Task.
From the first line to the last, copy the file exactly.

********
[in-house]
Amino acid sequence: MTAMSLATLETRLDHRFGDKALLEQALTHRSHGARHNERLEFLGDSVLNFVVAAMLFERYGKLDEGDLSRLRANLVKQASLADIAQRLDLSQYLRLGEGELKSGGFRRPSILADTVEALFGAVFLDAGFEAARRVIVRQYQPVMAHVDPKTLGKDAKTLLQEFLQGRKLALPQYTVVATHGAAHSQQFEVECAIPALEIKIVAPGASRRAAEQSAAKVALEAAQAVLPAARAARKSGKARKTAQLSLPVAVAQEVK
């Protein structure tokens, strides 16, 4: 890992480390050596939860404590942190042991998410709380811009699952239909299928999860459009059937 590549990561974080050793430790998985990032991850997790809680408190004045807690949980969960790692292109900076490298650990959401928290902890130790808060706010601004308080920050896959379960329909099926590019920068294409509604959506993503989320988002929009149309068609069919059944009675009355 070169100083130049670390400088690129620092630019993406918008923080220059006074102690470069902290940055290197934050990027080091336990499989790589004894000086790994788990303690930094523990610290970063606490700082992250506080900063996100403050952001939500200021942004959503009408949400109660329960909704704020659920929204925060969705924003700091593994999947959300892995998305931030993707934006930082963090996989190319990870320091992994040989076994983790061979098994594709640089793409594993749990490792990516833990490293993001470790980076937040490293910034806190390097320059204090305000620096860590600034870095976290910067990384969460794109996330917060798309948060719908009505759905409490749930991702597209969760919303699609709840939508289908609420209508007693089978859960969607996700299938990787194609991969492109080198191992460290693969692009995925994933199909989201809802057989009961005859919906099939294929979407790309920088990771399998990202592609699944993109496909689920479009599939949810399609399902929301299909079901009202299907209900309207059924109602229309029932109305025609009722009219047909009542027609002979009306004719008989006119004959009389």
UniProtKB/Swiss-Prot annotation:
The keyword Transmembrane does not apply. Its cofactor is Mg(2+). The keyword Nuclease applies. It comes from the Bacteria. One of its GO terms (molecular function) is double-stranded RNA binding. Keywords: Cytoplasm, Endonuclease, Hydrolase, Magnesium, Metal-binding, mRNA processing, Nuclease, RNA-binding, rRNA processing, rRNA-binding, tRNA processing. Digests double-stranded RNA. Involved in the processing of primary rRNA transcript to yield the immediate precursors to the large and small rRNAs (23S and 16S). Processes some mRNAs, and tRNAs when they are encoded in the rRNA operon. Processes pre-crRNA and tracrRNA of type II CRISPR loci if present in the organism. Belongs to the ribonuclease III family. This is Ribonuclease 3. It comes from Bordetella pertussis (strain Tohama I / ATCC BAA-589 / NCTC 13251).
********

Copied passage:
[in-house]
Amino acid sequence: MTAMSLATLETRLDHRFGDKALLEQALTHRSHGARHNERLEFLGDSVLNFVVAAMLFERYGKLDEGDLSRLRANLVKQASLADIAQRLDLSQYLRLGEGELKSGGFRRPSILADTVEALFGAVFLDAGFEAARRVIVRQYQPVMAHVDPKTLGKDAKTLLQEFLQGRKLALPQYTVVATHGAAHSQQFEVECAIPALEIKIVAPGASRRAAEQSAAKVALEAAQAVLPAARAARKSGKARKTAQLSLPVAVAQEVK
């Protein structure tokens, strides 16, 4: 890992480390050596939860404590942190042991998410709380811009699952239909299928999860459009059937 590549990561974080050793430790998985990032991850997790809680408190004045807690949980969960790692292109900076490298650990959401928290902890130790808060706010601004308080920050896959379960329909099926590019920068294409509604959506993503989320988002929009149309068609069919059944009675009355 070169100083130049670390400088690129620092630019993406918008923080220059006074102690470069902290940055290197934050990027080091336990499989790589004894000086790994788990303690930094523990610290970063606490700082992250506080900063996100403050952001939500200021942004959503009408949400109660329960909704704020659920929204925060969705924003700091593994999947959300892995998305931030993707934006930082963090996989190319990870320091992994040989076994983790061979098994594709640089793409594993749990490792990516833990490293993001470790980076937040490293910034806190390097320059204090305000620096860590600034870095976290910067990384969460794109996330917060798309948060719908009505759905409490749930991702597209969760919303699609709840939508289908609420209508007693089978859960969607996700299938990787194609991969492109080198191992460290693969692009995925994933199909989201809802057989009961005859919906099939294929979407790309920088990771399998990202592609699944993109496909689920479009599939949810399609399902929301299909079901009202299907209900309207059924109602229309029932109305025609009722009219047909009542027609002979009306004719008989006119004959009389």
UniProtKB/Swiss-Prot annotation:
The keyword Transmembrane does not apply. Its cofactor is Mg(2+). The keyword Nuclease applies. It comes from the Bacteria. One of its GO terms (molecular function) is double-stranded RNA binding. Keywords: Cytoplasm, Endonuclease, Hydrolase, Magnesium, Metal-binding, mRNA processing, Nuclease, RNA-binding, rRNA processing, rRNA-binding, tRNA processing. Digests double-stranded RNA. Involved in the processing of primary rRNA transcript to yield the immediate precursors to the large and small rRNAs (23S and 16S). Processes some mRNAs, and tRNAs when they are encoded in the rRNA operon. Processes pre-crRNA and tracrRNA of type II CRISPR loci if present in the organism. Belongs to the ribonuclease III family. This is Ribonuclease 3. It comes from Bordetella pertussis (strain Tohama I / ATCC BAA-589 / NCTC 13251).